Technology is neither understood nor well used in the small-to-medium businesses that make up the heartland of Australia's manufacturing sector.
About 80 per cent of Australian manufacturers turn over less than $30 million to $50 million yearly, according to Richard Kirby, executive officer for the Australian Production Inventory Control Society (APICS).
"When we go out and talk to these people, we find in many cases they don't have any manufacturing software," says Kirby. "They have 20 to 50 employees, they use MYOB or Attaché for their financials and everything else is done on the back of an envelope by the owner.
"The owner knows his inventory is too high and he is not meeting customer requirements but he is too busy to investigate the manufacturing package market and do something about it."Before Masters, Capilano bore a painfully close resemblance to that profile, even though it had evolved over 44 years from a family company into the Queen Bee of the country's honey industry.
Each year, some 18,000 tonnes of honey from hives dotted across eastern Australia are funnelled into Capilano plants in three states for purification and packaging. Out the other side flow consumer-sized pots of honey headed for domestic supermarket shelves and bulk containers destined for export wharves. A public unlisted company with a strong cooperative flavour, its shareholders number 600 beekeeper/ suppliers who also dominate Capilano's board where they hold five of eight directors' seats.
Its revenues last year were about $55 million of which nearly half were generated by exports to Europe and the UK, South Africa, South-East Asia and Latin America.
Underpinning those business structures was a steam-driven information system built around technology decades out of date, including an aged IBM RT Unix platform and Pick database, and a network consisting of 48 serial lines linking the RT to about 30 users in its three plants. The depth and pace of change that Masters' arrival triggered in Capilano's IS environment may be possible only in companies who enjoy chief executives armed with their own vision of how information technology should be harnessed to business goals.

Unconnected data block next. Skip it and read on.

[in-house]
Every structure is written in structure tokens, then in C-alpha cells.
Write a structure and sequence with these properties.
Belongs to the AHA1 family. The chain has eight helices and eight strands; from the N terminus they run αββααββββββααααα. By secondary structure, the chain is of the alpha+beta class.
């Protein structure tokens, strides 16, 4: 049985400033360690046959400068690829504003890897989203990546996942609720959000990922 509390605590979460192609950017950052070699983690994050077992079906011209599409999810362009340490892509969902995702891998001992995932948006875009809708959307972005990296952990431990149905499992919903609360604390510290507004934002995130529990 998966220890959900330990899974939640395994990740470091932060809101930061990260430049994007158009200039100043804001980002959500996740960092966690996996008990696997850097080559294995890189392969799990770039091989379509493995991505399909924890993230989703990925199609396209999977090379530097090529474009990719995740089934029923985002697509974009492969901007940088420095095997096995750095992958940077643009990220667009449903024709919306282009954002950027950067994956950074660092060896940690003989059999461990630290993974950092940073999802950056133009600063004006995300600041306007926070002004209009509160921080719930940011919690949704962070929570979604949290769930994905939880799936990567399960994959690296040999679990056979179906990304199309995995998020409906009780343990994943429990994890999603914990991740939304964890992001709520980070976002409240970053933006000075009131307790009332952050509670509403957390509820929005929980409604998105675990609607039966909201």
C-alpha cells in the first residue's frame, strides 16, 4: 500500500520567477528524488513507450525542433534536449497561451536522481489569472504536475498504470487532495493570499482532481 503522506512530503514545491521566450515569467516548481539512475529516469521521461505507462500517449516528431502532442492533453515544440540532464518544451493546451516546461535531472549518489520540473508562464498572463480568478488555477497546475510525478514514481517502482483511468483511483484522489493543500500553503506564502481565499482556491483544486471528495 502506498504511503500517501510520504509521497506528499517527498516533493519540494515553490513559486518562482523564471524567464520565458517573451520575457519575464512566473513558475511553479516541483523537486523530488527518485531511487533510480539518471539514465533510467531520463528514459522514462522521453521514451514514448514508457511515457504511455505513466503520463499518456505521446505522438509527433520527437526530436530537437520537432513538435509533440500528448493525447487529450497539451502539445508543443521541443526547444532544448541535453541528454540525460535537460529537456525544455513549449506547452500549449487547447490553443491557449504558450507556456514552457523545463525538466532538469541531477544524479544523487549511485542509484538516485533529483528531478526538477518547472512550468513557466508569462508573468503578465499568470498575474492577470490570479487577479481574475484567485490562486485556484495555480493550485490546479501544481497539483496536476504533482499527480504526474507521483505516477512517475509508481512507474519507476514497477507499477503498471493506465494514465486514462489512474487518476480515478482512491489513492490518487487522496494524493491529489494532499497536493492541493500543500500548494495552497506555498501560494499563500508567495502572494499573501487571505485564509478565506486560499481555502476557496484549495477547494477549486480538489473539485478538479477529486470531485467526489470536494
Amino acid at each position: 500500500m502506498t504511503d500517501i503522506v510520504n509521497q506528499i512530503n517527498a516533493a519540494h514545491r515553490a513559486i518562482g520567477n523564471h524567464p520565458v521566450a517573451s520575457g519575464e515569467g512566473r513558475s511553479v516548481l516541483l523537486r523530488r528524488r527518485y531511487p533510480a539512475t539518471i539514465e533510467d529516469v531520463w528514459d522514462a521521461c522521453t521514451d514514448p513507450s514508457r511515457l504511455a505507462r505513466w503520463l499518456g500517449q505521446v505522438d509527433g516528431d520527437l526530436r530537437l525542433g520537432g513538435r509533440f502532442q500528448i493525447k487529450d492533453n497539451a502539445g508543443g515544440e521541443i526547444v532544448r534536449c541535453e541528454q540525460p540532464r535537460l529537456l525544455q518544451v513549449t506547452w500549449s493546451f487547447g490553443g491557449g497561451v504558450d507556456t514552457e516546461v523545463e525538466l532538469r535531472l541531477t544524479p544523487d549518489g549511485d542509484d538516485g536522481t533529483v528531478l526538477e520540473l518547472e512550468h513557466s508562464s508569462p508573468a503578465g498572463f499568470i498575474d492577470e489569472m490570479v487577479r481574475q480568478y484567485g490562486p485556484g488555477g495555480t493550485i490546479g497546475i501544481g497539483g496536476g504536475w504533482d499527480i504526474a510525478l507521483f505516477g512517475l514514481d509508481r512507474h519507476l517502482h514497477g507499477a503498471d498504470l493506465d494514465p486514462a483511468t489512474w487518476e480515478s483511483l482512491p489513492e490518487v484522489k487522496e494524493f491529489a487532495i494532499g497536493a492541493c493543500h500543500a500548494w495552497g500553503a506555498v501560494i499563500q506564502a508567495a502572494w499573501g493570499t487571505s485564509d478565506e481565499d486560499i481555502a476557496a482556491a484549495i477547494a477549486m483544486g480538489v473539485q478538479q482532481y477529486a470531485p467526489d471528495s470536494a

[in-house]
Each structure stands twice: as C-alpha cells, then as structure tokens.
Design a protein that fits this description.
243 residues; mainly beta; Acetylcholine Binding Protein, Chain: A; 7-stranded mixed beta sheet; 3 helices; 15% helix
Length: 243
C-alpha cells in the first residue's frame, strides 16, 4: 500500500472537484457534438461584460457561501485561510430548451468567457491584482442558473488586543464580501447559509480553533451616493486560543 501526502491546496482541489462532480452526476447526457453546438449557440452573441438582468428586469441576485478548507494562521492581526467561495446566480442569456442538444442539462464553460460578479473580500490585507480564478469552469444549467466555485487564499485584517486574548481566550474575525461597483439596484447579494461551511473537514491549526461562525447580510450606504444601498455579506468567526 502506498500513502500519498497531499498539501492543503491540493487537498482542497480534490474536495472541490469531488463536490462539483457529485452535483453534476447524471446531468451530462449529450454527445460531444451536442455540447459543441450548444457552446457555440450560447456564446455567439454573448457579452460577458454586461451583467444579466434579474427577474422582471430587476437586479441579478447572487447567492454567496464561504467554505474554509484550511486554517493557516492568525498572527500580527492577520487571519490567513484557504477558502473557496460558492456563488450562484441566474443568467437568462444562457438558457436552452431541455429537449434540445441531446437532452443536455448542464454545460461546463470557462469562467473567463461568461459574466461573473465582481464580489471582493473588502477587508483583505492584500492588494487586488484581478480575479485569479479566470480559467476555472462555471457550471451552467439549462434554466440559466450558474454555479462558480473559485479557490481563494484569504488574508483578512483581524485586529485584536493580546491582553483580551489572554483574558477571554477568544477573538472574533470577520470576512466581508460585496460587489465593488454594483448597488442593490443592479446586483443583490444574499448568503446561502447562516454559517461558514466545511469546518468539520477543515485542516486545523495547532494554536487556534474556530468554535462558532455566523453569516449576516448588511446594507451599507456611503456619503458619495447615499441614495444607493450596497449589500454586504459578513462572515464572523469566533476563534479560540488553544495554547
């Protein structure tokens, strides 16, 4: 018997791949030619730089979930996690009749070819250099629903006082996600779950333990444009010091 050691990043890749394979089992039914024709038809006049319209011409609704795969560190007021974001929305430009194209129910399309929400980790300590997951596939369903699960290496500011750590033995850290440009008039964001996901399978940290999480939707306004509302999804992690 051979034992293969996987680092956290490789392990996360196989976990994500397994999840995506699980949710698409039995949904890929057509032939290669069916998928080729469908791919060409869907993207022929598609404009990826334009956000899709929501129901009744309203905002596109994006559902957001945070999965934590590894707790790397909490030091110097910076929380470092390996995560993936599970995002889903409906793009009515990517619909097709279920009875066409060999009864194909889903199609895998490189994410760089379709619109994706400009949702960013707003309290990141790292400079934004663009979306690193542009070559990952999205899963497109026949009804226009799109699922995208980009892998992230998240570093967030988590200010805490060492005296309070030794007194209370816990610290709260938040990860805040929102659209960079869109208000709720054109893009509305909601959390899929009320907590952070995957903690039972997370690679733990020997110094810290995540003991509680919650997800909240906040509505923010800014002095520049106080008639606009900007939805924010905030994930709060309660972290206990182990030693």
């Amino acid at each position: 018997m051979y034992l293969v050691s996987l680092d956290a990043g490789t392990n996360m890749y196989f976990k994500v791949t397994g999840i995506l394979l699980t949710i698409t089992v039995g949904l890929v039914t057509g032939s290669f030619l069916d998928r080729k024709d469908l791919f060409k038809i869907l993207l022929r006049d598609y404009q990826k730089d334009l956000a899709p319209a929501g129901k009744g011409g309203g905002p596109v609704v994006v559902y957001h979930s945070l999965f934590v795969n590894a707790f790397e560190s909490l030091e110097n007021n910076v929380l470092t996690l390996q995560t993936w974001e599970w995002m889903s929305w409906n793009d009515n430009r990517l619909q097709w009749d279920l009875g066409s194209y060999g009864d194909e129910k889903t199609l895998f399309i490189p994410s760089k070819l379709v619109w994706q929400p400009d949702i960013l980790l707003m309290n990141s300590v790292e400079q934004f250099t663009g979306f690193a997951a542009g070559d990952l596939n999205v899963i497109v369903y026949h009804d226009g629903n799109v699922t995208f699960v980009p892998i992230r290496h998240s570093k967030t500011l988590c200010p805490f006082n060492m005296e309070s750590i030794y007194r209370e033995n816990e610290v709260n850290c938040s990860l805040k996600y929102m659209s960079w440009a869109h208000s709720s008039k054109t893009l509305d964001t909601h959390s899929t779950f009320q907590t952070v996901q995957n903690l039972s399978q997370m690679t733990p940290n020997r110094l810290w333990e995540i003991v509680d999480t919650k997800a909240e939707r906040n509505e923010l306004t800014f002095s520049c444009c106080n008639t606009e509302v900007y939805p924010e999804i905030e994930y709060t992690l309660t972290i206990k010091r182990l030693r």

Masters consigned the RT and Pick manufacturing systems to the dustbin of history, jerked Capilano's office systems into the era of networks and electronic mail, and separated the MIS section from the accounting department.
"In terms of the manufacturing process, the idea of a computer system is to give us more information about how our processing is going," says Masters. "But in common with a lot of older businesses, what this company had was a very old database system supported by a myriad of spreadsheets.
"The problem with spreadsheets is they multiply and become increasingly cumbersome and very difficult to update. The result is a lot of time and work to get accurate information when you need it instead of two months after you need it."In pursuit of a new manufacturing system, Capilano's MIS manager, Steve Milton, was given the opportunity to enlist outside consulting expertise, time to consider a wide spectrum of options and the budget to bring home the bacon.
"Roger came in, said this was no way to run an IS department, told us to put in a network and then go and look at manufacturing software," says Milton.
"In the old days, I couldn't even report directly to the board and there was little understanding of technology among the managers I did report to," he recalls. "Suggestions we put up weren't understood and nothing was acted on.
Roger has completely turned the company on its head and given me the opportunity to achieve things."At Bullivants, Masters helped implement a minicomputer-based solution but he knew that the technology clock had continued ticking in favour of the power and reliability of PCs.